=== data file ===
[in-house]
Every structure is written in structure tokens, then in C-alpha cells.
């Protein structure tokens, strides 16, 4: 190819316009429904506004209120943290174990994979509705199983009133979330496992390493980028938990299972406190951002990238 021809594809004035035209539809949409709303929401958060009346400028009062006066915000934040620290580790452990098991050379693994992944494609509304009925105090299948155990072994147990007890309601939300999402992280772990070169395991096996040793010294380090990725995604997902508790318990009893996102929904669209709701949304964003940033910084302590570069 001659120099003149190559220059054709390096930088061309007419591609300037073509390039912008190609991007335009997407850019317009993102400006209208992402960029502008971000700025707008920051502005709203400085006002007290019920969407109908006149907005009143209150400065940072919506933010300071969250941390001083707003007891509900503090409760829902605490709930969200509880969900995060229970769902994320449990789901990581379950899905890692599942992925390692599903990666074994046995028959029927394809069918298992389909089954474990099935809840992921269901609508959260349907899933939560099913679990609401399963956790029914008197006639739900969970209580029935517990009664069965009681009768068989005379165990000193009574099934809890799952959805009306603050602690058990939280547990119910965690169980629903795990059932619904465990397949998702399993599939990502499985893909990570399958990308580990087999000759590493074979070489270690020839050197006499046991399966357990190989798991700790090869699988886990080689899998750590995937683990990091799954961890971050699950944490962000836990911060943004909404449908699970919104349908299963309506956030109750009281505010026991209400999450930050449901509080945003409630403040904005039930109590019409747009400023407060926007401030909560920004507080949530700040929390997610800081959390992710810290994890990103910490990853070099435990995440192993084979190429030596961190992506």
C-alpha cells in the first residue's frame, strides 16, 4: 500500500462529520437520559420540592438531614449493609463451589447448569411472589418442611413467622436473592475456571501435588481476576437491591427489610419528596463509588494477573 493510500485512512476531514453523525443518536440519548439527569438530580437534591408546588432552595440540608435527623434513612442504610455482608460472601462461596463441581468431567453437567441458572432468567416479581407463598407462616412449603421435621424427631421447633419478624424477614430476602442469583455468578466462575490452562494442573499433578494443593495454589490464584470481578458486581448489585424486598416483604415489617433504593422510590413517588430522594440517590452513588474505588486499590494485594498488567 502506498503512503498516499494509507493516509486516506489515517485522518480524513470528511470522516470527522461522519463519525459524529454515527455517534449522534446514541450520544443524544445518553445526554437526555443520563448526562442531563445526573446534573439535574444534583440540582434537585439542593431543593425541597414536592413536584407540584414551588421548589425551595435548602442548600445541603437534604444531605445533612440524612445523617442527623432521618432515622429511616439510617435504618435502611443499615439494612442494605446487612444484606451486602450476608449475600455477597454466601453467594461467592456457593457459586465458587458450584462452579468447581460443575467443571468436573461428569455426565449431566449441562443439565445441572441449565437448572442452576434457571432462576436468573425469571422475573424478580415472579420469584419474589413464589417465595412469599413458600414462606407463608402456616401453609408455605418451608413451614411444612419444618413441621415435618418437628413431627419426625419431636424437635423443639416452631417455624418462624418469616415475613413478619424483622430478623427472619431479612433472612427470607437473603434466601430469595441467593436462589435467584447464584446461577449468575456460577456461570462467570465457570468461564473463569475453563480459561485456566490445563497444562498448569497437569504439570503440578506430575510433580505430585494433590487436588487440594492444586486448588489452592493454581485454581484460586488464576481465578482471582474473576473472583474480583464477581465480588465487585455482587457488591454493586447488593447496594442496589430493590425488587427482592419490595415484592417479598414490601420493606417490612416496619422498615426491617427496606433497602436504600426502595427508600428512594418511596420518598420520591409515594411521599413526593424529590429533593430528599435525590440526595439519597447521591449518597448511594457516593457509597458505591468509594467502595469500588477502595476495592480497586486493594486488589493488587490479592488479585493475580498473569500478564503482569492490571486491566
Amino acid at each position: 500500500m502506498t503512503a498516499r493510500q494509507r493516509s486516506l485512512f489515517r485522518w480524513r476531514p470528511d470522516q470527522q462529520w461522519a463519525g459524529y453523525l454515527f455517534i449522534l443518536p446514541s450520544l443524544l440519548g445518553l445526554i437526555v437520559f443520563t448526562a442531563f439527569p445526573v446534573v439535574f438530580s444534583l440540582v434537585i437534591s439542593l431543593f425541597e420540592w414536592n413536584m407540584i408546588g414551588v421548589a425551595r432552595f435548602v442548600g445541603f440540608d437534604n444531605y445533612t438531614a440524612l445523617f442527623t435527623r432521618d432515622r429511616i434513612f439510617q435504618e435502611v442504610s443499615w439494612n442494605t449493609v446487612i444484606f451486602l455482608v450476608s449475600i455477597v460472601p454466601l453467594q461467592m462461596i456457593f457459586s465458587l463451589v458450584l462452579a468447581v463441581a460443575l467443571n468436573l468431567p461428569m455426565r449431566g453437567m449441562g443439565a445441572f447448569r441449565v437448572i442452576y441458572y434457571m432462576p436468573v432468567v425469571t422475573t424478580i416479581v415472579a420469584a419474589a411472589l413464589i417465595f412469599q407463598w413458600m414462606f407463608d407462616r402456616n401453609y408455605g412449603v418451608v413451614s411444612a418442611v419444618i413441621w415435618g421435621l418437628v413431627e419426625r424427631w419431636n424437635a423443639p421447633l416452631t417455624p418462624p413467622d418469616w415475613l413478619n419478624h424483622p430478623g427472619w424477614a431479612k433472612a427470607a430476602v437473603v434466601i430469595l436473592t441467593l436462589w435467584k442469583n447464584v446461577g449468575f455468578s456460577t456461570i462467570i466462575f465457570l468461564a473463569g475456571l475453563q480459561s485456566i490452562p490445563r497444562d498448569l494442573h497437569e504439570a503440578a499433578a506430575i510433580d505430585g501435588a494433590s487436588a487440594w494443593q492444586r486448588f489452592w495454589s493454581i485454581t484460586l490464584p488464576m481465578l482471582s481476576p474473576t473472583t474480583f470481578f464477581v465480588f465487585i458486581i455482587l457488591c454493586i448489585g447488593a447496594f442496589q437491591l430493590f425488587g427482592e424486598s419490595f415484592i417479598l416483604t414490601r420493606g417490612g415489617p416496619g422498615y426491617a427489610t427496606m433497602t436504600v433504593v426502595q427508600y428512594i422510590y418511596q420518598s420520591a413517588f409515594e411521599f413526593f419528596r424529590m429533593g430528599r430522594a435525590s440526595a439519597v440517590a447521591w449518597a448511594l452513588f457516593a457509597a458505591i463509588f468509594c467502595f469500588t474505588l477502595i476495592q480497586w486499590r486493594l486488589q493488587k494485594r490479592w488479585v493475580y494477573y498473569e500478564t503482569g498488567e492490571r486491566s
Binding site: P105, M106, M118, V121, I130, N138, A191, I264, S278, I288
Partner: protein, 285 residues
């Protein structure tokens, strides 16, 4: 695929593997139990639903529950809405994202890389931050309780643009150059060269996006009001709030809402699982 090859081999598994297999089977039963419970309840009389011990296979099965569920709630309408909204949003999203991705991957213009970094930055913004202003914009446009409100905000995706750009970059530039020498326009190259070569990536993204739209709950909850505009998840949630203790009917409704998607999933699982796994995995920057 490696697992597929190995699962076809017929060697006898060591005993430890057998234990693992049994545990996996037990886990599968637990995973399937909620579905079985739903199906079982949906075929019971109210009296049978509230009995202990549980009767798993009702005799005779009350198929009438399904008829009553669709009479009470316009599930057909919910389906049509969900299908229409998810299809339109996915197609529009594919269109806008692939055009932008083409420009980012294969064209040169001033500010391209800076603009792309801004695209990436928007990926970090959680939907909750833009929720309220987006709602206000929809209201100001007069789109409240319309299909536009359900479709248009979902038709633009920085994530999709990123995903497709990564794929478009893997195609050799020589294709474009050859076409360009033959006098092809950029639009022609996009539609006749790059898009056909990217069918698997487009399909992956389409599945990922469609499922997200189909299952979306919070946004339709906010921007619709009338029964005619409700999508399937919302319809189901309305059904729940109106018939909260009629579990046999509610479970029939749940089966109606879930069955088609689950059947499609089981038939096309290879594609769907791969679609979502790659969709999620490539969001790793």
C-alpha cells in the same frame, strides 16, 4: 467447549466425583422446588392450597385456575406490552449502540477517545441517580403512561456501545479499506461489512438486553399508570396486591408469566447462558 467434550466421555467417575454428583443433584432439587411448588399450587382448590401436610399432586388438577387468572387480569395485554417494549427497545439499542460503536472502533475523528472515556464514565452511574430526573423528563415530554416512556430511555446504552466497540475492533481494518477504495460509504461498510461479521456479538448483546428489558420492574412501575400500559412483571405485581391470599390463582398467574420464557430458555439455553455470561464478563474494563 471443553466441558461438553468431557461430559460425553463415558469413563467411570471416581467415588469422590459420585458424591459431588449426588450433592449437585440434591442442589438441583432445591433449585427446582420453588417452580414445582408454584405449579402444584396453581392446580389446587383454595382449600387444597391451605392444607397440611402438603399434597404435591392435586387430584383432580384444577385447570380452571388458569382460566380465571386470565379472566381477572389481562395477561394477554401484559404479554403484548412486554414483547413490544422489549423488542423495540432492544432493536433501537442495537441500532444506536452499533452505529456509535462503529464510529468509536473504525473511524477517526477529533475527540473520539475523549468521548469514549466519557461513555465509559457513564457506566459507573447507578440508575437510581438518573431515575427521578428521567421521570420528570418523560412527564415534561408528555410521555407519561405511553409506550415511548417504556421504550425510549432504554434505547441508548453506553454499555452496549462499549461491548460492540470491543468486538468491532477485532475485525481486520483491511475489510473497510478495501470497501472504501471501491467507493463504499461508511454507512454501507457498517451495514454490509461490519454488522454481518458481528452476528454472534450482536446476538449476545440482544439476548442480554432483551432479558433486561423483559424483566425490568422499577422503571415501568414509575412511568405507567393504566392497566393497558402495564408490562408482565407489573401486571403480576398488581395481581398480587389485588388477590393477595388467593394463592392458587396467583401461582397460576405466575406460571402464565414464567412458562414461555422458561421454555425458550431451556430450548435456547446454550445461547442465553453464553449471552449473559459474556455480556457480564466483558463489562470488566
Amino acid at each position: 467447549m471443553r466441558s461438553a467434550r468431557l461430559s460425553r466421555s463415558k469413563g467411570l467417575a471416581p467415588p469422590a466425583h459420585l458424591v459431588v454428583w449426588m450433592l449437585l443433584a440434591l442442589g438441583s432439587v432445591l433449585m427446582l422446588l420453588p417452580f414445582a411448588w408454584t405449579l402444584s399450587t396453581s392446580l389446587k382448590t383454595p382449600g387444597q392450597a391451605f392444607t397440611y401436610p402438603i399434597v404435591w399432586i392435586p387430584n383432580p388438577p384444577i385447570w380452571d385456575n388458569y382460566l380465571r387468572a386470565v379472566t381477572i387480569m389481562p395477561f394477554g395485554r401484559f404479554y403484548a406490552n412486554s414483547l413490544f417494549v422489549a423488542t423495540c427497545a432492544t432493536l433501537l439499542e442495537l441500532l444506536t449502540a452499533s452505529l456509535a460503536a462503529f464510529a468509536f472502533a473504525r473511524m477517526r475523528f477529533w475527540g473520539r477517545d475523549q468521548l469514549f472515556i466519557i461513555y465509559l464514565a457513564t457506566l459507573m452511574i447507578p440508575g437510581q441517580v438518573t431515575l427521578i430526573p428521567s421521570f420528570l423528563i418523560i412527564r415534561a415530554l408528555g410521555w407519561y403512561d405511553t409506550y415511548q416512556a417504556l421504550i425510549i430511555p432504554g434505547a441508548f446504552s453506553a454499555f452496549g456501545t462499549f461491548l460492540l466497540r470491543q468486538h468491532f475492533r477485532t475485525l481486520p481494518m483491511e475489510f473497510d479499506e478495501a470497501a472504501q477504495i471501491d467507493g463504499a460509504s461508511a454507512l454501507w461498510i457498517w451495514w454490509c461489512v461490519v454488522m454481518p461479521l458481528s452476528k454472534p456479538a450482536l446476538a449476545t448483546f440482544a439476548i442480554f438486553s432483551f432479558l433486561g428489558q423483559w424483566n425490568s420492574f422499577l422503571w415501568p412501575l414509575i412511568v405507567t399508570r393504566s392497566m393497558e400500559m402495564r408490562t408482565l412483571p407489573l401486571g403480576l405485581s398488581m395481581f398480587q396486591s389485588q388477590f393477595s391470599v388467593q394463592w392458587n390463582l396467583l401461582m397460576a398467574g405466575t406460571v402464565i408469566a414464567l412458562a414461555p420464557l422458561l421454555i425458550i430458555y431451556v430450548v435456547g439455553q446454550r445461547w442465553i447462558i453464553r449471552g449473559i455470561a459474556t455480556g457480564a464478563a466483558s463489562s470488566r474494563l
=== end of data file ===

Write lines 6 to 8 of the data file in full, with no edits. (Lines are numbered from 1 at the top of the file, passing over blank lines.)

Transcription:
Binding site: P105, M106, M118, V121, I130, N138, A191, I264, S278, I288
Partner: protein, 285 residues
């Protein structure tokens, strides 16, 4: 695929593997139990639903529950809405994202890389931050309780643009150059060269996006009001709030809402699982 090859081999598994297999089977039963419970309840009389011990296979099965569920709630309408909204949003999203991705991957213009970094930055913004202003914009446009409100905000995706750009970059530039020498326009190259070569990536993204739209709950909850505009998840949630203790009917409704998607999933699982796994995995920057 490696697992597929190995699962076809017929060697006898060591005993430890057998234990693992049994545990996996037990886990599968637990995973399937909620579905079985739903199906079982949906075929019971109210009296049978509230009995202990549980009767798993009702005799005779009350198929009438399904008829009553669709009479009470316009599930057909919910389906049509969900299908229409998810299809339109996915197609529009594919269109806008692939055009932008083409420009980012294969064209040169001033500010391209800076603009792309801004695209990436928007990926970090959680939907909750833009929720309220987006709602206000929809209201100001007069789109409240319309299909536009359900479709248009979902038709633009920085994530999709990123995903497709990564794929478009893997195609050799020589294709474009050859076409360009033959006098092809950029639009022609996009539609006749790059898009056909990217069918698997487009399909992956389409599945990922469609499922997200189909299952979306919070946004339709906010921007619709009338029964005619409700999508399937919302319809189901309305059904729940109106018939909260009629579990046999509610479970029939749940089966109606879930069955088609689950059947499609089981038939096309290879594609769907791969679609979502790659969709999620490539969001790793």